Jermaine Goldson of Farrell Electric works on one of six wind turbines atop Hilton Fort Lauderdale
Beach Resort (Susan Stocker, Sun Sentinel) August 22, 2013
Hilton Beach Hotel to power up wind energy soon
Six wind turbines were recently installed on hotel's roof
By Arlene Satchell, Sun Sentinel
A new rooftop attraction is turning heads at one South Florida hotel.
The Hilton Fort Lauderdale Beach Resort has installed six wind turbines to plug into the natural breeze blowing from the Atlantic Ocean and help power its facilities.
It's the first Hilton of more than 500 properties to have installed wind turbines, executives said. They also believe it's the first hotel in South Florida to get them.
The turbines are now undergoing inspections to be operational by mid-September, a hotel official said Tuesday during a tour.
The Fort Lauderdale resort invested more than $500,000 on the energy savings project, which is expected to help it reduce the amount of power it uses primarily in common areas such as the lobby.
"We are proud of this renewable energy initiative as well as other eco-friendly programs that implement sustainable practices that will help future generations," General Manager Andreas Ioannou said.
The use of wind turbines as a source of renewable energy is still rare in the lodging industry, but is increasingly becoming a viable option for lodging establishments, according to Green Lodging News.
"The technology has improved with innovation in design, and costs are coming down," said Glenn Hasek, editor and publisher of the Ohio-based industry publication.
In July 2011, 15 U.S. properties were listed on Hasek's website greenlodgingnews.com as having incorporated wind turbines in their energy mix.
The Hilton's wind turbines are new arsenal in its energy conservation efforts.
Standing 52-feet tall when erect, the turbines are strategically placed on the corners and center of the rooftop to capture maximum wind velocity, and are expected to produce 24,000 kilowatt hours of energy.
With their addition, the hotel is anticipating to cut its more than $500,000 annual electric bill by 5 percent to 10 percent, Ioannou noted.
The custom-design wind turbines, which Ioannou called "whimsical, beautiful structures," were originally slated for installation in September 2012, but this was delayed to ensure their supporting mechanism was strong, he said.
The project received support from the city and surrounding community, and reaction from hotel guests has been positive, Ioannou said.
The move demonstrates the hotel's commitment to protecting the local environment and preserving its resources, a city official said.
"The wind turbines will showcase the hotel's sustainability programs and serve as a model for other businesses, and the city appreciates this innovative approach," said Mayor John P. "Jack" Seiler.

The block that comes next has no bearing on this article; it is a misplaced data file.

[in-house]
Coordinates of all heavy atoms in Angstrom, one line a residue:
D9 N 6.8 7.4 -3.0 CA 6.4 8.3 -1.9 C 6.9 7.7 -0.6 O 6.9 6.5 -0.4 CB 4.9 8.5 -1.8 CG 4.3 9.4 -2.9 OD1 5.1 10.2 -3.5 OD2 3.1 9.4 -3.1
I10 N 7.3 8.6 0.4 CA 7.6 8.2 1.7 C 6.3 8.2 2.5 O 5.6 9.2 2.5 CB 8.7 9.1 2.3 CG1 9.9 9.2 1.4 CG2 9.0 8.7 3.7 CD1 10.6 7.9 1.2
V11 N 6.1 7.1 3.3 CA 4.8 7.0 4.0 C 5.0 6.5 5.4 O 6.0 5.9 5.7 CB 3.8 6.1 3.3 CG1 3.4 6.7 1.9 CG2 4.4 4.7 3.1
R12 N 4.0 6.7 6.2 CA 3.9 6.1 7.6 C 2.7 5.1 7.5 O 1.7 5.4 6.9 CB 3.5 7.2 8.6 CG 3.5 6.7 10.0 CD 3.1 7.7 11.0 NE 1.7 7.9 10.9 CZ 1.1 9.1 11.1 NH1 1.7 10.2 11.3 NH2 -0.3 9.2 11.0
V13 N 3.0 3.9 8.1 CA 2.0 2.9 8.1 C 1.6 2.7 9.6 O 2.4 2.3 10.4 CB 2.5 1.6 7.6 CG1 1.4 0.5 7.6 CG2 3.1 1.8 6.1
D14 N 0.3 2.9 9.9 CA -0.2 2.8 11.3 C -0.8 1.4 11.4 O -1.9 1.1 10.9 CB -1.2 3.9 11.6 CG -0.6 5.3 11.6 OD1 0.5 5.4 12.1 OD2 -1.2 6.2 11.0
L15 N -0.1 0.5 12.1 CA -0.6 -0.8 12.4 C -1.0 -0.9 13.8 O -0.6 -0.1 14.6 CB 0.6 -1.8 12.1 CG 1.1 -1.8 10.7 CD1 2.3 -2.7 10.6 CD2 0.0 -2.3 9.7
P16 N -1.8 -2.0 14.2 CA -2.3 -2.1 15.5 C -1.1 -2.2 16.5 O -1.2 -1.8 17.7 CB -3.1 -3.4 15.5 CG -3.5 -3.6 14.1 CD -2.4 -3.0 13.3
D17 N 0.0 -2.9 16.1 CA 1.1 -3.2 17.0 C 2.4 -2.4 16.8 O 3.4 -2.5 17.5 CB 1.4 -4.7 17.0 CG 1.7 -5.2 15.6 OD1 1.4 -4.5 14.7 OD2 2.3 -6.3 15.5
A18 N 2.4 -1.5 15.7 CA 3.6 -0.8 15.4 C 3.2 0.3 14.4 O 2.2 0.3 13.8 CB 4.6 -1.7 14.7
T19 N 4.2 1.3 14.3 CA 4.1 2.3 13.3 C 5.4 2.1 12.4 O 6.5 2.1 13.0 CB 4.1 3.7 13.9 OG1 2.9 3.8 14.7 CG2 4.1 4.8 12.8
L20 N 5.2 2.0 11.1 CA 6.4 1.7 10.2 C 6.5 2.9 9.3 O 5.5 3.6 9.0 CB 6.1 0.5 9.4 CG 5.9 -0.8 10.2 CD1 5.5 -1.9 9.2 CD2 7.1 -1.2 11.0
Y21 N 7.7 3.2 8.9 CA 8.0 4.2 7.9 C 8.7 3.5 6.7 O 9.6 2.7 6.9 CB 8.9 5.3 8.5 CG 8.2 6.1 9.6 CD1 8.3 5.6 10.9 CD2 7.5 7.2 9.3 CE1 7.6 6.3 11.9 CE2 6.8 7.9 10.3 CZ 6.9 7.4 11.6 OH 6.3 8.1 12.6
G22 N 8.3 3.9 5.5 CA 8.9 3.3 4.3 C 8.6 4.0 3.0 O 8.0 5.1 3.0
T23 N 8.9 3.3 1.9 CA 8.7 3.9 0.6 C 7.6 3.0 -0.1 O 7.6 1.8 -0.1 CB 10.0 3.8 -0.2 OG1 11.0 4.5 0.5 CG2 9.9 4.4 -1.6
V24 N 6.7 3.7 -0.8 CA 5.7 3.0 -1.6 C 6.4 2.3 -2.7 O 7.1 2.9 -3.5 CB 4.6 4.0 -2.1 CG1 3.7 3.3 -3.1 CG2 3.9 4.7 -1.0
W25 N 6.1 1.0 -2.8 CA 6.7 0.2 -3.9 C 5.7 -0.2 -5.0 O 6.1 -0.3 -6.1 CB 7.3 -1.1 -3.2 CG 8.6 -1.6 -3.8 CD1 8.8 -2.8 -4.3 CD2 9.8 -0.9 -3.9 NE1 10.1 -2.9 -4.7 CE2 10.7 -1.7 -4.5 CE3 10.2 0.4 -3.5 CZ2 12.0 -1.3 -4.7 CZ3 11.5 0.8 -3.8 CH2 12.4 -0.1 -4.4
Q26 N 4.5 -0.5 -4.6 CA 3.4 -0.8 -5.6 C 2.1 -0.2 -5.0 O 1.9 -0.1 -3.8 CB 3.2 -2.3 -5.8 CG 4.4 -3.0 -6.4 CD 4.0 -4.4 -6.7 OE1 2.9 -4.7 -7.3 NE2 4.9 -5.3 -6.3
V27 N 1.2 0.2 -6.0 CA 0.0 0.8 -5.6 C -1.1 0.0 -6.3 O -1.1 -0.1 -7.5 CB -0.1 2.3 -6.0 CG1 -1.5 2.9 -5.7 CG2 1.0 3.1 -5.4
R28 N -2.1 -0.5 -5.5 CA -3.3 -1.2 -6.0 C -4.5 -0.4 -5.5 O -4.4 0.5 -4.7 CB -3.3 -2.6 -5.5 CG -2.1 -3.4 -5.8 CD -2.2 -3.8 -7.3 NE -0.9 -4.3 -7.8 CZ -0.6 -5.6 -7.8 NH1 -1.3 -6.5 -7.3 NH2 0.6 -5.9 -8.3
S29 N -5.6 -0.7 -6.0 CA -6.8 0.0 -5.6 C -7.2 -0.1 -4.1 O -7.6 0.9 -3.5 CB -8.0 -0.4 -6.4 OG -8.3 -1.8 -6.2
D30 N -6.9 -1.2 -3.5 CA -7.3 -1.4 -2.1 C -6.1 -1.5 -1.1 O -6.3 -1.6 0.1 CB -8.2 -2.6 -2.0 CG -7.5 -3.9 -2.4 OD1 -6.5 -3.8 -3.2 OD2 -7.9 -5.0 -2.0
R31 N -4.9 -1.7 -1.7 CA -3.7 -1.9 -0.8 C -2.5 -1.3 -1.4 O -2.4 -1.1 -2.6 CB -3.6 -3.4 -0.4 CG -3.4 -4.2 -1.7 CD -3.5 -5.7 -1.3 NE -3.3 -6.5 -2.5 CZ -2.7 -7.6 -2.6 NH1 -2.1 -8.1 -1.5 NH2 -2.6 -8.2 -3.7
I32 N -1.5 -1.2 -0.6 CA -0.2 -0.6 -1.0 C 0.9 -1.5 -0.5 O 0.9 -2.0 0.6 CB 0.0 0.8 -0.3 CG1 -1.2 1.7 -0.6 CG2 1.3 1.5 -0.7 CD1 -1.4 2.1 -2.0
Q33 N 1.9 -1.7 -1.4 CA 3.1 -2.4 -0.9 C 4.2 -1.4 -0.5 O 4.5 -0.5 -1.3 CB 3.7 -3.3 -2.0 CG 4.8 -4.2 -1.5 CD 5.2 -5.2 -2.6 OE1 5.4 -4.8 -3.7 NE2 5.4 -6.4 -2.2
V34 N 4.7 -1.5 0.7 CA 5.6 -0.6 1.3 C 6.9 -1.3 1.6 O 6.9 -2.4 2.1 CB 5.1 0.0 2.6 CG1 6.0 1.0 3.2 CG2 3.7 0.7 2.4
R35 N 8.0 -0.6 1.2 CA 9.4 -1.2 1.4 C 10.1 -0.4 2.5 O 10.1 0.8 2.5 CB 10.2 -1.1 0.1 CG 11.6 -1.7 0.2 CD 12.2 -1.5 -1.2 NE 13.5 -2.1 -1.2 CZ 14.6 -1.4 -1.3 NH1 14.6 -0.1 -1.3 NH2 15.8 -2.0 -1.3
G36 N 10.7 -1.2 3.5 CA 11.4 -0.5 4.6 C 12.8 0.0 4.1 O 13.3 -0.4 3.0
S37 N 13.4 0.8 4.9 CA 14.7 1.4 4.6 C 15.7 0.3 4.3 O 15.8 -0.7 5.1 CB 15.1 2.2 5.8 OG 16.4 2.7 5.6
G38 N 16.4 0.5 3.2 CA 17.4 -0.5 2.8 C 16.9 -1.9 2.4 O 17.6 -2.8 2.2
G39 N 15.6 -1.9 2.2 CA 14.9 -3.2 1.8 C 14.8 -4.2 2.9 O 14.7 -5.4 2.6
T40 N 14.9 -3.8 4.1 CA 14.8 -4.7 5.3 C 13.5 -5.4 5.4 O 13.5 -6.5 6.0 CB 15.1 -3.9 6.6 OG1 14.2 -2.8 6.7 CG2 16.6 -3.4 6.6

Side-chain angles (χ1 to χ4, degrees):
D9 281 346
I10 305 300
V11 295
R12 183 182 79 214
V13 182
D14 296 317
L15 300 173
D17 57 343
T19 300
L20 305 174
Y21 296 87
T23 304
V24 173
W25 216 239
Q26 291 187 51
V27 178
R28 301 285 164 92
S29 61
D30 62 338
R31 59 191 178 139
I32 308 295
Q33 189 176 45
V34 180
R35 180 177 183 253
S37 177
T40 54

Nicki E. Grossman, president and CEO of the Greater Fort Lauderdale Convention & Visitors Bureau said the resort's wind turbines join the Gold LEED-certified Broward County Convention Center are "as models of community sustainability furthering the greening of tourism."
Since opening in 2007, energy conservation has been a key mandate of the 374-suite resort. In 2008 it became the first resort on Fort Lauderdale Beach to be designated a Florida Green Lodging property.
The Florida Department of Environmental Protection program recognizes and designates lodging facilities that make a commitment to conserve and protect the state's natural resources.
"We love to see hotels who are participating in the Florida Green Lodging Program go above and beyond the minimum requirements and implement innovative technology and initiatives in their facilities," said JoAnn Shearer, program coordinator.
As a member of Hilton Worldwide's flagship Hilton Hotels & Resorts portfolio, the Fort Lauderdale beach property uses a proprietary system called "LightStay," to track and analyze its sustainability performance.
"We can see the savings," Ioannou noted.
The resort's "Green Team" spearheads and monitors its environmental efforts and implements waste reduction, resource conservation and energy efficiency programs. Previously implemented initiatives include the recycling of all paper, florescent bulbs and batteries, and the installation of automatic water flush meters in all public restrooms.
While the hotel's initial goal is to "evaluate the effectiveness" of the wind turbines, plans also call for adding rooftop solar panels within the next two years, Ioannou said. By year-end, it will install a food composting machine to turn food waste into a nutrient-rich water product, which will help save on waste, and trash disposal costs.
"We are committed to implementing innovative programs and making continual improvements to our overall sustainability results each year," Ioannou said.
They are creepily large and spinning their webs in a park near you.
It is, after all, banana spider season.
During late summer, the ladies of this native spider grow bodies up to 2 inches long, not counting their legs, and weave webs as wide as 15 feet. Both genders love wooded areas with dense canopies, all the better to spin their webs.
They're hanging out in the tree branches along Surf Road in Hollywood and near the boardwalk at Atlantic Dunes Park in Delray Beach.
They're greeting kayakers who venture through mangrove trails throughout South Florida.
They're waiting, silently, for you to run across their path.
Fort Lauderdale resident Janine Babich spotted legions of banana spiders recently during a walk near Hollywood beach.